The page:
The best books on the people of the Levant region

The Books I Picked & Why

Origins: A Memoir

By Amin Maalouf

Origins: A Memoir

Why this book?

The story of Maalouf’s paternal grandfather Boutrous exists in almost every family in the Levant. The book tackles themes of identity, belonging and displacement that resonate across generations and up to the present day. The beautiful narrative and intergenerational saga illuminate the experiences that have shaped the Middle East and its people during the waning years of the Ottoman Empire, the onset of Western colonialism and creation of new nation states.


When you buy a book we may earn a small commission.

Arabian Love Poems

By Nizar Qabbani, Bassam K. Frangieh, Clementina R. Brown

Arabian Love Poems

Why this book?

Damascus-born Nizar Qabbani, a lawyer by training, abandoned a career in diplomacy in the late 1960s to become one of the Arab world’s most beloved poets. Both his sensual and political poems carry seeds of defiance, rebellion and a quest for liberation from autocratic institutions and rigid social norms. This edition reproduces Qabbani’s own handwritten text of the selected poems.


When you buy a book we may earn a small commission.

The Shell: Memoirs of a Hidden Observer

By Moustafa Khalifa, Paul Starkey

The Shell: Memoirs of a Hidden Observer

Why this book?

The Shell is a peek into both the horrors and absurdities of totalitarian regimes told in the form of a prison diary kept by the author. Khalifa, a Christian by birth and an atheist, was mistaken (or perhaps not, given what I learned about the Assad regime in the course of my work) for a radical Islamist, arrested and locked up in the notorious Tadmor desert prison, more accurately a death camp. The book reveals the horrific consequences of the logic and methods of the Assad family and other dictators in the Middle East and beyond: Anyone suspected of harboring a hint of opposition to the ruler will be labeled a terrorist and traitor, crushed and turned into an example to instill fear in the wider population.


When you buy a book we may earn a small commission.

We Crossed a Bridge and It Trembled: Voices from Syria

By Wendy Pearlman

We Crossed a Bridge and It Trembled: Voices from Syria

Why this book?

Pearlman expertly, delicately and lovingly assembles elements from the stories and journeys of close to 90 Syrians into a mosaic “mapped onto Syria’s historical trajectory from authoritarianism to revolution, war, and exile” as she explains in the introduction. For me there are echoes of Maalouf’s Origins in this book: More than a hundred years later and Syrians and Levantines are still having to flee their homelands because of tyranny, conflict and political and social upheaval. Pearlman is an accomplished professor at Northwestern University who speaks Arabic and has spent more than 20 years studying and living in the Middle East. Her expertise and empathy shine through in a book that gives us a chance “to listen to actual Syrians, as human beings,” as she says.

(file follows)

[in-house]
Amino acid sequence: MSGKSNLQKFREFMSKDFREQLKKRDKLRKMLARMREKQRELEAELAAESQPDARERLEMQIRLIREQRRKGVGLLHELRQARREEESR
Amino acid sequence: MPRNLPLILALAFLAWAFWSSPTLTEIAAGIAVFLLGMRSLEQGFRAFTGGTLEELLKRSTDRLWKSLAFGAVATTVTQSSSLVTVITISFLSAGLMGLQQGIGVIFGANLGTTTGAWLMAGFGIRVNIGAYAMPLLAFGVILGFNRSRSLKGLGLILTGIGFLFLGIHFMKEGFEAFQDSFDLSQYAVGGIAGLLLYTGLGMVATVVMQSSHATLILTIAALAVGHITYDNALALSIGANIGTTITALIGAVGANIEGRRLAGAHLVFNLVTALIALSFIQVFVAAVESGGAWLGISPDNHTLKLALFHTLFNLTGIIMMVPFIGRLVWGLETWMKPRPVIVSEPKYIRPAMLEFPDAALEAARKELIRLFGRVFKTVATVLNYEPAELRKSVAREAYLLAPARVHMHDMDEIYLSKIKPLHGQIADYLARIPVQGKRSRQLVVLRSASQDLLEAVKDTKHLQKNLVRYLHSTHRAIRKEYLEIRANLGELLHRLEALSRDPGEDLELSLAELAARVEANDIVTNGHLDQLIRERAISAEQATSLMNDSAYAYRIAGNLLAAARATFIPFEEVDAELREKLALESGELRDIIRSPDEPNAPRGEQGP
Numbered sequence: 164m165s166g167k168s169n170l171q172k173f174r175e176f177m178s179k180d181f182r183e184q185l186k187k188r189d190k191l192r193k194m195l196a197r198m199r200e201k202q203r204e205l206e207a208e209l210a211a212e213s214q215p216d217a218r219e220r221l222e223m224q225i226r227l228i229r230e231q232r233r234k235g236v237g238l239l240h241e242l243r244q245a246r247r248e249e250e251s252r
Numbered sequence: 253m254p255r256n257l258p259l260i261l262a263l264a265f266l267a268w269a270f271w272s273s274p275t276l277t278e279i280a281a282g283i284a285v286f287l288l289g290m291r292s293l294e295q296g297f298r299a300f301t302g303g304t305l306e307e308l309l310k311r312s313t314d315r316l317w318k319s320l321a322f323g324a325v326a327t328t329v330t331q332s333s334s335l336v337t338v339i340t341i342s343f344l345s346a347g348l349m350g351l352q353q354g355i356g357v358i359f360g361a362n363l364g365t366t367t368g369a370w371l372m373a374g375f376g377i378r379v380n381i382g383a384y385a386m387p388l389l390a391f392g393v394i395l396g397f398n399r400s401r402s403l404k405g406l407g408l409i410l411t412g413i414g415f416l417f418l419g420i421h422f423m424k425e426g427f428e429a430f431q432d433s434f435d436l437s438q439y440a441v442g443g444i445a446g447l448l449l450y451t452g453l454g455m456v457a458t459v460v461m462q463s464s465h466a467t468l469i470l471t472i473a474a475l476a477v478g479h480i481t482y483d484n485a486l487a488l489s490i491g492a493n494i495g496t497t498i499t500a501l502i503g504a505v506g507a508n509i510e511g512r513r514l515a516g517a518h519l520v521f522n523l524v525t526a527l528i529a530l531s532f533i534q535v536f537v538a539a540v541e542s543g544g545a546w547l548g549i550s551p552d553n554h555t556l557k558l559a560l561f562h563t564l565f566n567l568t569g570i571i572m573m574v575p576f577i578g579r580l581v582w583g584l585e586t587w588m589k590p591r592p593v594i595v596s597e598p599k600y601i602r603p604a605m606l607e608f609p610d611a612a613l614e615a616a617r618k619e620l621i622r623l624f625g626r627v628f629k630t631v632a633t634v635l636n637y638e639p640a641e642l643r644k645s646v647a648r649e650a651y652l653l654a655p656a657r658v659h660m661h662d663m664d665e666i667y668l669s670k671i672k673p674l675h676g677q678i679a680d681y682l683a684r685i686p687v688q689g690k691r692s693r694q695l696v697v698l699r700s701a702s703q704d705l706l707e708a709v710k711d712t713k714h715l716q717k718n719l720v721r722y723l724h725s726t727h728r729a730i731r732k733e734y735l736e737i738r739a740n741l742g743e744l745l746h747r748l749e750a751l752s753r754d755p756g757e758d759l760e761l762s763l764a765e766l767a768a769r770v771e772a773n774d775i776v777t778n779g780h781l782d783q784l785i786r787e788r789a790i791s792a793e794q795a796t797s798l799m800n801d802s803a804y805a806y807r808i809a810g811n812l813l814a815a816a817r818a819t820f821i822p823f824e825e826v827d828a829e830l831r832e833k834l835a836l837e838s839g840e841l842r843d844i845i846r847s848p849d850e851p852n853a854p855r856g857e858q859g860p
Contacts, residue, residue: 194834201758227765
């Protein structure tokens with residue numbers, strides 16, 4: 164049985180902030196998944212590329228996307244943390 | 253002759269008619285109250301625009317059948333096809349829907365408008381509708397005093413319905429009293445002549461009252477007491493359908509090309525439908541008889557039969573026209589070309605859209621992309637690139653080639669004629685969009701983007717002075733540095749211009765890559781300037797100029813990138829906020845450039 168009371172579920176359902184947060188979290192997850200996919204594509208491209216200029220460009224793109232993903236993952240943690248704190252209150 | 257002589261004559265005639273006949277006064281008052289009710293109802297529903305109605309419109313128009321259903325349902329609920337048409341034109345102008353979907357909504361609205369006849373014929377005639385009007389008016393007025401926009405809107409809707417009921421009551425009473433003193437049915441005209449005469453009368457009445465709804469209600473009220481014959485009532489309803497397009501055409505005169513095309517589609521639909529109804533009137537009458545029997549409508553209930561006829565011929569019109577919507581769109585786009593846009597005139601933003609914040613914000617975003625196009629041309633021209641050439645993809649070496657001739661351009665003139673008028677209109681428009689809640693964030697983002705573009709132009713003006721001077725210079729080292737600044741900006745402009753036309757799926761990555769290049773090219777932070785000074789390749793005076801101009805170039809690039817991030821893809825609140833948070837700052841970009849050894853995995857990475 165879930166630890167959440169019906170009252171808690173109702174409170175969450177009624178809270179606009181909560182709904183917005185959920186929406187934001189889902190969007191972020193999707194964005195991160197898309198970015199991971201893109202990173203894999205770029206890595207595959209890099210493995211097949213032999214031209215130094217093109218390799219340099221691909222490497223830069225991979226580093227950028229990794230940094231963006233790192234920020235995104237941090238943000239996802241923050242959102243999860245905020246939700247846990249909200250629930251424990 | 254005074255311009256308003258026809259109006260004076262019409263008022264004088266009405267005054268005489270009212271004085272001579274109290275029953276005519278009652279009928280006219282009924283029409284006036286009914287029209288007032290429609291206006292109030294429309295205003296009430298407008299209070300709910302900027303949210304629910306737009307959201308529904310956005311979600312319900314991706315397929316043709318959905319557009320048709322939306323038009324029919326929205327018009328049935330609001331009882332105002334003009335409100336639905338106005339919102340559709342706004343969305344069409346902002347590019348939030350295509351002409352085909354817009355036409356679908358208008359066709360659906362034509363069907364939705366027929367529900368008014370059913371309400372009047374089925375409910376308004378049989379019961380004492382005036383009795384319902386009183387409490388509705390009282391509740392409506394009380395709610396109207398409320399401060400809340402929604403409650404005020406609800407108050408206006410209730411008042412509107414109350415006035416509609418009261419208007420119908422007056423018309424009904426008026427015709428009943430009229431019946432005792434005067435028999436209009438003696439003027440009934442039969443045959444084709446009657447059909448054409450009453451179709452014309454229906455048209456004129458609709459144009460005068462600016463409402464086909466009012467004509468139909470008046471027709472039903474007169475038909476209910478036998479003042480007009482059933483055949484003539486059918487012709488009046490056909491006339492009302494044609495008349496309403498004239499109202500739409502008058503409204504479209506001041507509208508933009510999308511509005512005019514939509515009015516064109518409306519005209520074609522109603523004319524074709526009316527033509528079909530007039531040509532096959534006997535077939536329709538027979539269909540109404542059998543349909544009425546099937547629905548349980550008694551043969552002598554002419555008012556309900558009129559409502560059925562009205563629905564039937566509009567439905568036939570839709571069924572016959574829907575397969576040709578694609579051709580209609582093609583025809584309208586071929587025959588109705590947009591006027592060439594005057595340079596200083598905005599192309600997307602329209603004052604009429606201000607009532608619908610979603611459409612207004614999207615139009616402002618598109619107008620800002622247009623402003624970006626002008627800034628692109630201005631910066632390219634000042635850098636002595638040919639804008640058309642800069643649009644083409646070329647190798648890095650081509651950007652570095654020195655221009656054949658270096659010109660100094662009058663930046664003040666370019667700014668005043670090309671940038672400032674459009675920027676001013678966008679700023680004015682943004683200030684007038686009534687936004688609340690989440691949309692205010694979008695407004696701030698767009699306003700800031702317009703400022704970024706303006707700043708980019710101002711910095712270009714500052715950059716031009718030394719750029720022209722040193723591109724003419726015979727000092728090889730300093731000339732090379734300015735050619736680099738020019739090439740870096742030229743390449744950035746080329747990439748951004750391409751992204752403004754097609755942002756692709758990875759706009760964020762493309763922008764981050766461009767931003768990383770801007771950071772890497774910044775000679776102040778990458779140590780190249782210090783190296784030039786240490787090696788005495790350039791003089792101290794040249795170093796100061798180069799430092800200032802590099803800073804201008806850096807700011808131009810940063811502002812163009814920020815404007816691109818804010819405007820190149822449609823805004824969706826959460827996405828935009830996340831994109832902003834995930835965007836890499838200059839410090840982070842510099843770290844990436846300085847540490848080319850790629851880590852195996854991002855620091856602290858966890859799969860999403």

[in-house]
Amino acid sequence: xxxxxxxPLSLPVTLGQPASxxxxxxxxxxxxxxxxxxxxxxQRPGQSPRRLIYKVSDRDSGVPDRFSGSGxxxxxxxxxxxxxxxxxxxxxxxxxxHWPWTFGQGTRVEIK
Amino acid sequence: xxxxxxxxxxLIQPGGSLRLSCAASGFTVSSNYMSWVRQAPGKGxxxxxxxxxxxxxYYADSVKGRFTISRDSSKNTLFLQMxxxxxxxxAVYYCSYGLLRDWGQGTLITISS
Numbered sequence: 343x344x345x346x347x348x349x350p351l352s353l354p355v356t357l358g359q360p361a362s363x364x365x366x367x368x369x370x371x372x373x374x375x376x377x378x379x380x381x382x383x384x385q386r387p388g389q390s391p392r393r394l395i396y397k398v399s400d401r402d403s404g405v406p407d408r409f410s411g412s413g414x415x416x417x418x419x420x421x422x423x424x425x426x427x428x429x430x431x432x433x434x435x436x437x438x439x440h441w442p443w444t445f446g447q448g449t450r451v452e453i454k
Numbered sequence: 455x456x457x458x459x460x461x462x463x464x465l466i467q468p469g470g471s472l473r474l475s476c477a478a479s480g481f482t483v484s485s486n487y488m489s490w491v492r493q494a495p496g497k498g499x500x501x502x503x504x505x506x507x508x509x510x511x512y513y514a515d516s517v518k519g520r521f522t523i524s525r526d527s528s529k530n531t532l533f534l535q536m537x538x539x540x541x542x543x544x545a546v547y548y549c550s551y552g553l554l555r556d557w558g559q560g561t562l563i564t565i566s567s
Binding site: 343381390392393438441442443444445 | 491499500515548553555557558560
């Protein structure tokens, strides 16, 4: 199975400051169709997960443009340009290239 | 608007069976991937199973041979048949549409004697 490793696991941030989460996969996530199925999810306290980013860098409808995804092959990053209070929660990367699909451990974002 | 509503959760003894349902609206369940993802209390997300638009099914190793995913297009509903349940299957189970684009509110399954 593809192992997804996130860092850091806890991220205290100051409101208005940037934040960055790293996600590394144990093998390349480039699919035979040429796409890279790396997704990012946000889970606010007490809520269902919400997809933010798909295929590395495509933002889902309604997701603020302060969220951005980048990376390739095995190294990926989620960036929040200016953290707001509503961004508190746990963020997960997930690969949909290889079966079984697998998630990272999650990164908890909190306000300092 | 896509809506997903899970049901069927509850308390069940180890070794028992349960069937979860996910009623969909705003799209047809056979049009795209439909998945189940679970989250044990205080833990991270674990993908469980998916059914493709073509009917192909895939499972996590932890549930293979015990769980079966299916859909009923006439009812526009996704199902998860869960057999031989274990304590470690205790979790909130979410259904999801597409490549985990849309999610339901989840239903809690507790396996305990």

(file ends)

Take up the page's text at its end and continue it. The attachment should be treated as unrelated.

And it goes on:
When you buy a book we may earn a small commission.

A Woman Is No Man

By Etaf Rum

A Woman Is No Man

Why this book?

In a 2019 interview with NPR Etaf Rum—the daughter of Palestinian immigrants who was born and raised in Brooklyn, New York—said one of her struggles in writing the book was the fear that she was in a way confirming stereotypes about Arabs and Middle Easterners, including “oppression, domestic abuse, and terrorism.” Thankfully Rum overcame these struggles to deliver a courageous, beautiful, and incredibly authentic debut novel that follows the lives of three generations of Palestinian-American women trying to find their voices and identities within the confines of patriarchal and conservative milieus. In a way, the struggles of Rum and her characters mirror the battles that young people throughout the Middle East have been waging against tyranny and oppression since the start of the Arab Spring in 2010.


When you buy a book we may earn a small commission.

Closely Related Book Lists

Random Book Lists